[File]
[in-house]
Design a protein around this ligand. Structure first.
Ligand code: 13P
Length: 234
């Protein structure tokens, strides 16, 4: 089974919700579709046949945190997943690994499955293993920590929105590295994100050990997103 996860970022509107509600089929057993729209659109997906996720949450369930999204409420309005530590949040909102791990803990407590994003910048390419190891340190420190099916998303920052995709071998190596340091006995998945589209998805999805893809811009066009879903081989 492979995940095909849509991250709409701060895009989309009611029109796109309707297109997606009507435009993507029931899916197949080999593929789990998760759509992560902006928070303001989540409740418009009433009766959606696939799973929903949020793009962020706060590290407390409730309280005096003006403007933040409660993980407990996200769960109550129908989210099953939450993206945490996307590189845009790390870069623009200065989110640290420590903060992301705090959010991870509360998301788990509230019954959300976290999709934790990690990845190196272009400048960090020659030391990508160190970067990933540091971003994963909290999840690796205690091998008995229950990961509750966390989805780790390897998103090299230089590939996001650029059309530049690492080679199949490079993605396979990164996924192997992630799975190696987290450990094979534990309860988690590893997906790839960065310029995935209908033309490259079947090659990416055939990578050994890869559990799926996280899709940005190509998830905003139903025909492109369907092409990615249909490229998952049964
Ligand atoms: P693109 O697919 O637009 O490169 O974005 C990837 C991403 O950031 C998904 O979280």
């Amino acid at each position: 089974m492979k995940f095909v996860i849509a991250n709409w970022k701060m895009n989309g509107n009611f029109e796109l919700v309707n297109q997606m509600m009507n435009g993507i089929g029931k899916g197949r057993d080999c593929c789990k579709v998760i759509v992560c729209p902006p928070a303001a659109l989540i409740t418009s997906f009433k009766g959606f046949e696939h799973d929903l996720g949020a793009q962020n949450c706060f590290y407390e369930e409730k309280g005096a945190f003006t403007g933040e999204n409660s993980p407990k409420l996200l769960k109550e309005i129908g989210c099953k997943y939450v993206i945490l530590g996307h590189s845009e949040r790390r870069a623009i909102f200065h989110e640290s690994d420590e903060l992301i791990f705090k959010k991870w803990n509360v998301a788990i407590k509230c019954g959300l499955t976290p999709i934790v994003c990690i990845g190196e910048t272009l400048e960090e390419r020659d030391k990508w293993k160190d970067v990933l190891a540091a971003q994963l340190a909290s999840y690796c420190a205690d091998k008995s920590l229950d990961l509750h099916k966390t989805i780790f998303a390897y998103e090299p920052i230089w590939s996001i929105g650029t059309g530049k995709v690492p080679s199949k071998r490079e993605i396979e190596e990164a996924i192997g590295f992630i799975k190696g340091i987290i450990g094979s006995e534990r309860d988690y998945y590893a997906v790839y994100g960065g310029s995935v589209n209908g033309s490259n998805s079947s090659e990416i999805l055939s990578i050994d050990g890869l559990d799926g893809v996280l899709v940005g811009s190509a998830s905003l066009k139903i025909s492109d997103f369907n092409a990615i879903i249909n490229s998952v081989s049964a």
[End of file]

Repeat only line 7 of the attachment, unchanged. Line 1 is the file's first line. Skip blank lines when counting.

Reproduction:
């Amino acid at each position: 089974m492979k995940f095909v996860i849509a991250n709409w970022k701060m895009n989309g509107n009611f029109e796109l919700v309707n297109q997606m509600m009507n435009g993507i089929g029931k899916g197949r057993d080999c593929c789990k579709v998760i759509v992560c729209p902006p928070a303001a659109l989540i409740t418009s997906f009433k009766g959606f046949e696939h799973d929903l996720g949020a793009q962020n949450c706060f590290y407390e369930e409730k309280g005096a945190f003006t403007g933040e999204n409660s993980p407990k409420l996200l769960k109550e309005i129908g989210c099953k997943y939450v993206i945490l530590g996307h590189s845009e949040r790390r870069a623009i909102f200065h989110e640290s690994d420590e903060l992301i791990f705090k959010k991870w803990n509360v998301a788990i407590k509230c019954g959300l499955t976290p999709i934790v994003c990690i990845g190196e910048t272009l400048e960090e390419r020659d030391k990508w293993k160190d970067v990933l190891a540091a971003q994963l340190a909290s999840y690796c420190a205690d091998k008995s920590l229950d990961l509750h099916k966390t989805i780790f998303a390897y998103e090299p920052i230089w590939s996001i929105g650029t059309g530049k995709v690492p080679s199949k071998r490079e993605i396979e190596e990164a996924i192997g590295f992630i799975k190696g340091i987290i450990g094979s006995e534990r309860d988690y998945y590893a997906v790839y994100g960065g310029s995935v589209n209908g033309s490259n998805s079947s090659e990416i999805l055939s990578i050994d050990g890869l559990d799926g893809v996280l899709v940005g811009s190509a998830s905003l066009k139903i025909s492109d997103f369907n092409a990615i879903i249909n490229s998952v081989s049964a």